Staten Island, NY

Welcome to Staten Island

Staten Island is the City’s southernmost and westernmost borough. The borough was urbanized from the north shore, while the south of the island was long associated with maritime trades. Staten Island physically connects to the rest of the city via the double-decked Verrazano-Narrows Bridge, which reaches to Brooklyn and was the world’s longest suspension bridge at the time of its construction.

Staten Island’s diversity and cultural and architectural wealth belie its sleepy reputation. The 1695 Voorlezer’s House in the historic settlement of Richmond is the nation’s oldest extant elementary school, while the Billiou–Stillwell–Perine House, built in 1662, is the borough’s oldest standing building.

The community of Sandy Ground was among the nation’s earliest communities of African-American freedmen, many of whom had come from the Chesapeake Bay area to ply their trade as oystermen in New York Harbor after New York abolished slavery in 1827. Long after the loss of the oyster beds, Joseph Mitchell memorialized the remnants of the community in “Mr. Hunter’s Grave,” published in 1956.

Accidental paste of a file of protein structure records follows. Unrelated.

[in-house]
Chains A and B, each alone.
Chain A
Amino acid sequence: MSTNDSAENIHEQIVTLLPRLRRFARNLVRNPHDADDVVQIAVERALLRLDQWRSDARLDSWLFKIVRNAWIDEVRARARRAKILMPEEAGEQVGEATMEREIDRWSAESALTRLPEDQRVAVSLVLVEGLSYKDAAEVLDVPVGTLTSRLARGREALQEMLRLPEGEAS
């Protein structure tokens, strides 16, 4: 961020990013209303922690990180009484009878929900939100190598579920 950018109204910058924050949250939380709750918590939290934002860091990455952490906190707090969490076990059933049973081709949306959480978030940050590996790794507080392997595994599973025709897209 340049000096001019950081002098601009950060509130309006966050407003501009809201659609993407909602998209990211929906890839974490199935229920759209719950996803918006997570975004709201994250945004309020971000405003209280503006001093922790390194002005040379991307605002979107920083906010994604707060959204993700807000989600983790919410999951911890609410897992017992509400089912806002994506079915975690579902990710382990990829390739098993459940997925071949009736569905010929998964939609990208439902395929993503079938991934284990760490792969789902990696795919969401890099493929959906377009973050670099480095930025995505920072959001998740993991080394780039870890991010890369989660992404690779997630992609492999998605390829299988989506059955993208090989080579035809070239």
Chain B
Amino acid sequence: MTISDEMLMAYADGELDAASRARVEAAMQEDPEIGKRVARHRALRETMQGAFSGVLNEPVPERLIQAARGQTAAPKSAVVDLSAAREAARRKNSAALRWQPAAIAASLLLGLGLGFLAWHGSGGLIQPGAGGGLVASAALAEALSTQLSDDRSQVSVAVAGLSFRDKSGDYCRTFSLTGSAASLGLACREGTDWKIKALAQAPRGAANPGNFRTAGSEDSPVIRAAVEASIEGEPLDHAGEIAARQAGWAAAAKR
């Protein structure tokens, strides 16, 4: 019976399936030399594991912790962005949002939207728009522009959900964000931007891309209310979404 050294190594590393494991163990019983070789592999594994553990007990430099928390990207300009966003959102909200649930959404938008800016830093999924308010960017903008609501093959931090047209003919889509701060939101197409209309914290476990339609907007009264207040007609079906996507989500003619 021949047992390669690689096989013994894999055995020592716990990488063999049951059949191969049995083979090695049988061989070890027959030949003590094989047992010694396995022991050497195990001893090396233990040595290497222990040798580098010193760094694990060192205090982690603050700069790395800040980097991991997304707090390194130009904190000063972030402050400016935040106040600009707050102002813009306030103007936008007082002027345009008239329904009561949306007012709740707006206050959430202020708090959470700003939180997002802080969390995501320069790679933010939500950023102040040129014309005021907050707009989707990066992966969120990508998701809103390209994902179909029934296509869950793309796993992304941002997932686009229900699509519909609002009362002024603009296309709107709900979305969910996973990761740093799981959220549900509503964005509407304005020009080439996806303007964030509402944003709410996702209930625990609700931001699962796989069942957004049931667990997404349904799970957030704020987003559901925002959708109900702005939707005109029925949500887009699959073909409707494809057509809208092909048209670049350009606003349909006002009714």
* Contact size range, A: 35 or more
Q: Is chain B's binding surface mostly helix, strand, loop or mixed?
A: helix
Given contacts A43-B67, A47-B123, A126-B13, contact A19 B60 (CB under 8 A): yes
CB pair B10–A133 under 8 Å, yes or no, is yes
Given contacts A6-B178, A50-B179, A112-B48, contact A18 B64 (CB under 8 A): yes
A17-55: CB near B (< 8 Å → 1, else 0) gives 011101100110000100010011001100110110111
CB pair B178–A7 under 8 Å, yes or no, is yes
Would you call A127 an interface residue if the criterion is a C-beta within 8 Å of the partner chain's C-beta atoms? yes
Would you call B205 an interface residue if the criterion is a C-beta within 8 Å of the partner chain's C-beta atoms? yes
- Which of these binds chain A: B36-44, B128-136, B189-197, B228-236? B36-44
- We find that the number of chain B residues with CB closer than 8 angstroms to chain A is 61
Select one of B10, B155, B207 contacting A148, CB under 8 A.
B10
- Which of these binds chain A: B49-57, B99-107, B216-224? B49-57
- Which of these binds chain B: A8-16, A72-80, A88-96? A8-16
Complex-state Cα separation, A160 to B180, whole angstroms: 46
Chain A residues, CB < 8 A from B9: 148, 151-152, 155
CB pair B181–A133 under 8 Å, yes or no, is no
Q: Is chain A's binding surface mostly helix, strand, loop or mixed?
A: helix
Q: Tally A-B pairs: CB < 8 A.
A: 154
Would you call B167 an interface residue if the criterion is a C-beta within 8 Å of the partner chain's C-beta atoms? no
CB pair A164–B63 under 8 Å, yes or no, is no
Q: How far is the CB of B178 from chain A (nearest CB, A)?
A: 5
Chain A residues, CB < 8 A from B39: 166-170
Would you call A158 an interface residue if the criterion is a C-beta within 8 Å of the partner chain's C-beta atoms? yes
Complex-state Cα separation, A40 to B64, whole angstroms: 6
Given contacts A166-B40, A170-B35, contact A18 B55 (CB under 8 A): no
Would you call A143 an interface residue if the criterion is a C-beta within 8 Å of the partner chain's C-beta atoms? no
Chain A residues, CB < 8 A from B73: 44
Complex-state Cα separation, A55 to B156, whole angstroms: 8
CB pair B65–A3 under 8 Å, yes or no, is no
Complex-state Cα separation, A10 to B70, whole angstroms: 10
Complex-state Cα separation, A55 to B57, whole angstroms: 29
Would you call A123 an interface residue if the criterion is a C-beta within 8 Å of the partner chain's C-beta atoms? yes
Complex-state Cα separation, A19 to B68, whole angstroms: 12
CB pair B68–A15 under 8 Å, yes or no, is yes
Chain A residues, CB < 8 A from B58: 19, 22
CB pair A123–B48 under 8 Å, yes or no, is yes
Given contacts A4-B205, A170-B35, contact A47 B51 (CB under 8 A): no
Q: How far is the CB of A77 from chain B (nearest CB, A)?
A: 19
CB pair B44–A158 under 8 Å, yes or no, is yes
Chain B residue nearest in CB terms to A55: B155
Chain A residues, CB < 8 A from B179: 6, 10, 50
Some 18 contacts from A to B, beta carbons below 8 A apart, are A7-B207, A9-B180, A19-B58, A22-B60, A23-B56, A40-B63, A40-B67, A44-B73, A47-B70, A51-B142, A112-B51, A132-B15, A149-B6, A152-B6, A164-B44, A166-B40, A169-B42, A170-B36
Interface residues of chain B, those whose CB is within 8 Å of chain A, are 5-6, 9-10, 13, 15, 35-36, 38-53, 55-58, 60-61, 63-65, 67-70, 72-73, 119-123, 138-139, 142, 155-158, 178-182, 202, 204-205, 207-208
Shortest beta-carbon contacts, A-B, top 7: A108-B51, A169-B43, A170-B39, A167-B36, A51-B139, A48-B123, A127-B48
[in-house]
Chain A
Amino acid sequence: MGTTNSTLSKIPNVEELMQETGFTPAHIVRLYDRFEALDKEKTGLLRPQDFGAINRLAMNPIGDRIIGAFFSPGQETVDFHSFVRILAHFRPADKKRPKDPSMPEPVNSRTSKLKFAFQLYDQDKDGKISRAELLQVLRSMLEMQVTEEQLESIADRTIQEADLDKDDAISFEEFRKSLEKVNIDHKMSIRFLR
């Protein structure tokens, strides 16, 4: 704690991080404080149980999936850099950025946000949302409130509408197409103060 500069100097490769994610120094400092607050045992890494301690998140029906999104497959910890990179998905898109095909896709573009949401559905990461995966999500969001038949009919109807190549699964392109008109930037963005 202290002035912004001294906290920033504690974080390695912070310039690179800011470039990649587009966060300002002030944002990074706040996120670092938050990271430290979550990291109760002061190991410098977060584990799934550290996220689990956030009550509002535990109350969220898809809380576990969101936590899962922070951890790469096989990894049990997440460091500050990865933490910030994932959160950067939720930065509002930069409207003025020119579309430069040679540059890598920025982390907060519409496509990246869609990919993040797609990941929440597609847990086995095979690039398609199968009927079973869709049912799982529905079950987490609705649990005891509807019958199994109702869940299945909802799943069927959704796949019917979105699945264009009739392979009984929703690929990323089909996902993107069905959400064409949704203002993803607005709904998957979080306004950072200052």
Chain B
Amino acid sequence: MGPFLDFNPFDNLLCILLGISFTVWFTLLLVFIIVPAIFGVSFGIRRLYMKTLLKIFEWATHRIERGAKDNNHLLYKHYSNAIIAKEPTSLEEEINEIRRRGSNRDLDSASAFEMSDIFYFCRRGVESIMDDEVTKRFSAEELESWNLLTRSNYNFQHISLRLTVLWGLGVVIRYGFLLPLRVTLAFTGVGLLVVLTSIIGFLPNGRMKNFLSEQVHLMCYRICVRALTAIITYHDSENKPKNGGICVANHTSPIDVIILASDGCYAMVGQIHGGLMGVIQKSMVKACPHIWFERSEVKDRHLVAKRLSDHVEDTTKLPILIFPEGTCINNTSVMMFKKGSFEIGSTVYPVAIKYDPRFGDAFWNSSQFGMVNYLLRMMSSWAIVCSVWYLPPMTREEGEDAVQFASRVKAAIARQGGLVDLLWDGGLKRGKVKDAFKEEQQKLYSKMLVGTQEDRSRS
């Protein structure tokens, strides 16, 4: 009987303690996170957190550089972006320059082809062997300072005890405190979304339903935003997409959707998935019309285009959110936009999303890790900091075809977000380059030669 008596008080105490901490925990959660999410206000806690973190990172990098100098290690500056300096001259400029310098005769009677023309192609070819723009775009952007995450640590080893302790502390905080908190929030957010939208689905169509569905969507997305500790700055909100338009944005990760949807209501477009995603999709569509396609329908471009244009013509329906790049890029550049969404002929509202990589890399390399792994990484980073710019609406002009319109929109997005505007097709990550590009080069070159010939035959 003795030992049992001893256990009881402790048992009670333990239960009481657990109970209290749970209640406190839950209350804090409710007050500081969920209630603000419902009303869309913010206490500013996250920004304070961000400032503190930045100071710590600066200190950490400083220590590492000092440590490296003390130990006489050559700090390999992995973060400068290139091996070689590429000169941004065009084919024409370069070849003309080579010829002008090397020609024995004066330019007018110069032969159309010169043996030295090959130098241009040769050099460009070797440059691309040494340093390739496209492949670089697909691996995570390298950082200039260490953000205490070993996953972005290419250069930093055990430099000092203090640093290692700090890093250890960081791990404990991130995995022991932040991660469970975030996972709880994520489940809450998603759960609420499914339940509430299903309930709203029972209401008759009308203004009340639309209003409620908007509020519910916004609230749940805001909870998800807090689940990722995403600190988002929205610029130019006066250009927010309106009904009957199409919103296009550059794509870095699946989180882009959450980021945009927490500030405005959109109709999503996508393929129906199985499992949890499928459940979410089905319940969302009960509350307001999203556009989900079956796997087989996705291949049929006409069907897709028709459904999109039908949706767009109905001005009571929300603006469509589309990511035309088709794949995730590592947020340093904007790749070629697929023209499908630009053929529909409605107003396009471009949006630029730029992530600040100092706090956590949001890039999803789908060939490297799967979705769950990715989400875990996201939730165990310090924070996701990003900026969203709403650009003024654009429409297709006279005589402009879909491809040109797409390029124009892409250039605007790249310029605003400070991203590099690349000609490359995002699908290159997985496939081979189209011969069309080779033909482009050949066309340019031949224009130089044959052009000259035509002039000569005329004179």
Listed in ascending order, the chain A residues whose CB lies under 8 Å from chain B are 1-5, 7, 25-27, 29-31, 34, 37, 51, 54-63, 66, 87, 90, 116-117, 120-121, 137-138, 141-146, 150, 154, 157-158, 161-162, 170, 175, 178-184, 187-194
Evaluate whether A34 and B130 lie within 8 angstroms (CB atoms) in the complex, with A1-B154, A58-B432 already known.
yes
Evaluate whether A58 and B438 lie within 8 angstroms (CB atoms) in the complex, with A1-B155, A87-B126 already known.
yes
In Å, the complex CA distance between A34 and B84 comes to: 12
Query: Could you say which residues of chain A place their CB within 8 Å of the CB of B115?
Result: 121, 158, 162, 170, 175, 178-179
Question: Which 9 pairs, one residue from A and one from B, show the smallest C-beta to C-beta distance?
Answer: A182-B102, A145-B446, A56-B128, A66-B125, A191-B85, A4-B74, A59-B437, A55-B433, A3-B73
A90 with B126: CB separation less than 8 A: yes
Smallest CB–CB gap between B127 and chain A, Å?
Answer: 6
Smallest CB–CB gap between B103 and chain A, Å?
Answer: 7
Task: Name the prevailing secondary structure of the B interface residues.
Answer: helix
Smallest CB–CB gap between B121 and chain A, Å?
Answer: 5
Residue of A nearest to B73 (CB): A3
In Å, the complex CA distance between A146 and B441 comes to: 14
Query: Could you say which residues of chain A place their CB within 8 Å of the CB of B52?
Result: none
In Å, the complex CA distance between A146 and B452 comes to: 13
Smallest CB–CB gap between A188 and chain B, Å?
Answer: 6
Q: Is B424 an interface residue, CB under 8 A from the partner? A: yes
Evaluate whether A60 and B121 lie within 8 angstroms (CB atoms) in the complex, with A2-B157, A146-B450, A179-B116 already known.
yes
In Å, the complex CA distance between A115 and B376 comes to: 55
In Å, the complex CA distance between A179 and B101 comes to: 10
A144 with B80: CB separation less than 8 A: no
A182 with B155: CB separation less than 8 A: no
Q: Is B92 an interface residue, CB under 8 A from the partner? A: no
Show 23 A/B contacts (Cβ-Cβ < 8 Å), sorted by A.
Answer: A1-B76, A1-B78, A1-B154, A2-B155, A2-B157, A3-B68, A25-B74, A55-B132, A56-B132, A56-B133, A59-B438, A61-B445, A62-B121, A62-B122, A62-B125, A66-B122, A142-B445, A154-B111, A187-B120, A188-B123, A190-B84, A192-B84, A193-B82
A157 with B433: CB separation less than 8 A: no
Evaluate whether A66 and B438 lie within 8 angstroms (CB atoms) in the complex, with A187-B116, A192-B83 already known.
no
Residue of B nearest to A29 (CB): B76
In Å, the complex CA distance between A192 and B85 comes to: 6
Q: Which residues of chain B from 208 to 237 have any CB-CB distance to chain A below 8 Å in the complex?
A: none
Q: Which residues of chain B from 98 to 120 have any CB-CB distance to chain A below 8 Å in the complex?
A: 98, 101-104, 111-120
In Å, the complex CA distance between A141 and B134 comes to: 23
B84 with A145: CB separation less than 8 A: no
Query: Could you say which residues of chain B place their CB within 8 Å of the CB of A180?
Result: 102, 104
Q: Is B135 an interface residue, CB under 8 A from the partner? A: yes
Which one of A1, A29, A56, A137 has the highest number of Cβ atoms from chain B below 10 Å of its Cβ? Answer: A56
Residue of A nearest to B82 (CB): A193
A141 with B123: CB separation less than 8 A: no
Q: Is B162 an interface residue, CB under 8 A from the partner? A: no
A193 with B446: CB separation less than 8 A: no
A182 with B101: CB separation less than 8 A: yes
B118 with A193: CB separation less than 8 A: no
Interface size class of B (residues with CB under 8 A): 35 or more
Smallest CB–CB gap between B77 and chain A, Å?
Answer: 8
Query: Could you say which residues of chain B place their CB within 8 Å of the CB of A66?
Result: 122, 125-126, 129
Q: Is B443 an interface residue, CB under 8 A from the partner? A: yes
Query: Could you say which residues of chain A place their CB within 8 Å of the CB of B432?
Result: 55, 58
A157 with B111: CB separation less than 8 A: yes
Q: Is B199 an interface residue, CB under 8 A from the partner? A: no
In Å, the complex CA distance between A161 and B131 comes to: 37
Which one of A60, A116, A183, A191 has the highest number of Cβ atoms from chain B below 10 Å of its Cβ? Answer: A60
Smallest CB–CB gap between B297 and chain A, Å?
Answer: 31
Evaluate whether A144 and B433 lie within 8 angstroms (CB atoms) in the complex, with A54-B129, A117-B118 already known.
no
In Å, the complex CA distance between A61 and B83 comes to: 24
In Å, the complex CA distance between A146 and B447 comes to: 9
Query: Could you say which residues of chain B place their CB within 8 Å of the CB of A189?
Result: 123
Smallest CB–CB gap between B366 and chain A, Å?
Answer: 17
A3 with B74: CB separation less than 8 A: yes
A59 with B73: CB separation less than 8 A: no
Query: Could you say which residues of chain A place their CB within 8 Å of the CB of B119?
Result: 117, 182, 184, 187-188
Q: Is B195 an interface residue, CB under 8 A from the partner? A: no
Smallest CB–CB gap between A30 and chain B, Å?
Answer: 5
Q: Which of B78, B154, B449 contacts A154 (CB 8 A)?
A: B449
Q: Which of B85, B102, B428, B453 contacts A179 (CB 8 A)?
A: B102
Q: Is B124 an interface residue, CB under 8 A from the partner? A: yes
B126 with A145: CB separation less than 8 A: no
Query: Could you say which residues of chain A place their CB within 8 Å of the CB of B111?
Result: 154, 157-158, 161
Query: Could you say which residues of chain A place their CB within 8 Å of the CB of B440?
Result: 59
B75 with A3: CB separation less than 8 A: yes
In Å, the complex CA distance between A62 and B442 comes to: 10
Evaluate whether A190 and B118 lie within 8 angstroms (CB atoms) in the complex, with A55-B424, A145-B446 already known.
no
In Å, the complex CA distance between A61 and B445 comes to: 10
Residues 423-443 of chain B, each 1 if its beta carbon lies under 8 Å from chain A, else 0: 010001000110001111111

Sailor’s Snug Harbor, a complex established in 1831 as a home for retired seamen, consisted of 40 landscaped acres. First developed with Greek Revival buildings, later additions included Beaux Arts, Renaissance Revival and Italianate structures. It was self-sufficient, with on-site farms, a hospital, dormitories and recreation areas. Today, the landmarked complex serves as a cultural center and is home to the Staten Island Museum, Noble Maritime Collection, Newhouse Center for Contemporary Art and more.

Recent HDC Articles about Staten Island

Staten Island Landmarks